South Dakota forgoes hours of service to help with oil replenishment



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South Dakota responded to the problem of a tight market for fuel tankers by extending the hours of service allowed for oil deliveries until August 16.

Although the statement is a state departure from federal rules, a spokesperson for the Federal Motor Carrier Safety Administration said such action was legal.

“Governors can issue emergency declarations,” said Duane DeBruyne, spokesperson for the FMCSA, in an email to FreightWaves.

Additionally, a spokesperson for South Dakota Gov. Kristi Noem (pictured above), who issued the executive order and declaration of emergency, said federal law allows a governor to declare the state emergency override of federal rules for 30 days.

“We consulted with many stakeholders before making the decision, including the FMCSA, our Department of Public Safety, as well as fuel producers, wholesale distributors and end users,” said Ian Fury, spokesperson. word of Noem, in an email to FreightWaves.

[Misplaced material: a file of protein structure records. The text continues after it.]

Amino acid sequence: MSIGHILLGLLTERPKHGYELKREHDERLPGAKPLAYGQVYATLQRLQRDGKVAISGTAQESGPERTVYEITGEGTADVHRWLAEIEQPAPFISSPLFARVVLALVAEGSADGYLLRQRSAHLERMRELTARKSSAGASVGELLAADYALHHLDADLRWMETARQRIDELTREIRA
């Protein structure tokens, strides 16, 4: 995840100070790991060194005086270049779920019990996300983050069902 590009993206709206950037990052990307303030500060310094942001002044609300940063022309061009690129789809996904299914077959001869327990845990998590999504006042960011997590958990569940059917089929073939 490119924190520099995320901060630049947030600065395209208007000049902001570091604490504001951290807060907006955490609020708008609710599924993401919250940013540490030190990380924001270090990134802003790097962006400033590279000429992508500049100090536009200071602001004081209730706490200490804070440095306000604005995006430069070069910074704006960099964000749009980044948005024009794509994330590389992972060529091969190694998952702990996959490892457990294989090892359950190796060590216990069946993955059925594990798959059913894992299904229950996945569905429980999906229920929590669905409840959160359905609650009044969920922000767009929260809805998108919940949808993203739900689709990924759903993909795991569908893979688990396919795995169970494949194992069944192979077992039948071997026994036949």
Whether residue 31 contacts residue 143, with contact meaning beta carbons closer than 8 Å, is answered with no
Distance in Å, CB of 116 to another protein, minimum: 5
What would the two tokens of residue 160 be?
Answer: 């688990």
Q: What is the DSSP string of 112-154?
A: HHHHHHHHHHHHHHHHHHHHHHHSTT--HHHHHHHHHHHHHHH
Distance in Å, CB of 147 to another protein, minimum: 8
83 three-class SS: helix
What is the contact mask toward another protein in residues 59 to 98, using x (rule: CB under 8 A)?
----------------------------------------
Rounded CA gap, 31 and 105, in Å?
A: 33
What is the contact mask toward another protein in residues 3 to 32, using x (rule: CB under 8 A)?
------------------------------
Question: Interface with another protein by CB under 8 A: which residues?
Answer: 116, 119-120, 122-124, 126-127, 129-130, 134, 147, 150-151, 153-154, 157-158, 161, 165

The suspension of federal hours of service rules covers deliveries of gasoline, diesel, jet fuel and ethyl alcohol. In a somewhat vague restriction, South Dakota said companies “cannot require or allow tired drivers to make deliveries.”

It also states that a driver who “informs a carrier that he needs immediate rest must be given adequate rest before the driver is obliged to return to service”.

“The people of South Dakota are facing extremely low inventory and outages,” Noem said in his executive order, adding that normal supplies are not expected until “early fall”.

Among the areas where the supply of drivers has been restricted, deliveries of fuel from tankers have been particularly noted. One-off shortages and station closures have been reported.

However, the Department of Energy’s weekly data on supply and demand does not show a significant drop in the product supplied, the category that represents deliveries. In the first week of July, gasoline deliveries of 10.55 million barrels per day to the United States were the highest one-week figure in data history since 2018. The most recent figure , for the July 7 report covering the previous week, reached 9.85 million barrels per day. This was only slightly lower than the second week of July in recent years, but still slightly above 2019.

Most of the other state of emergency declarations currently listed by the FMCSA are linked to either states affected by Tropical Storm Elsa or wildfires in the west.

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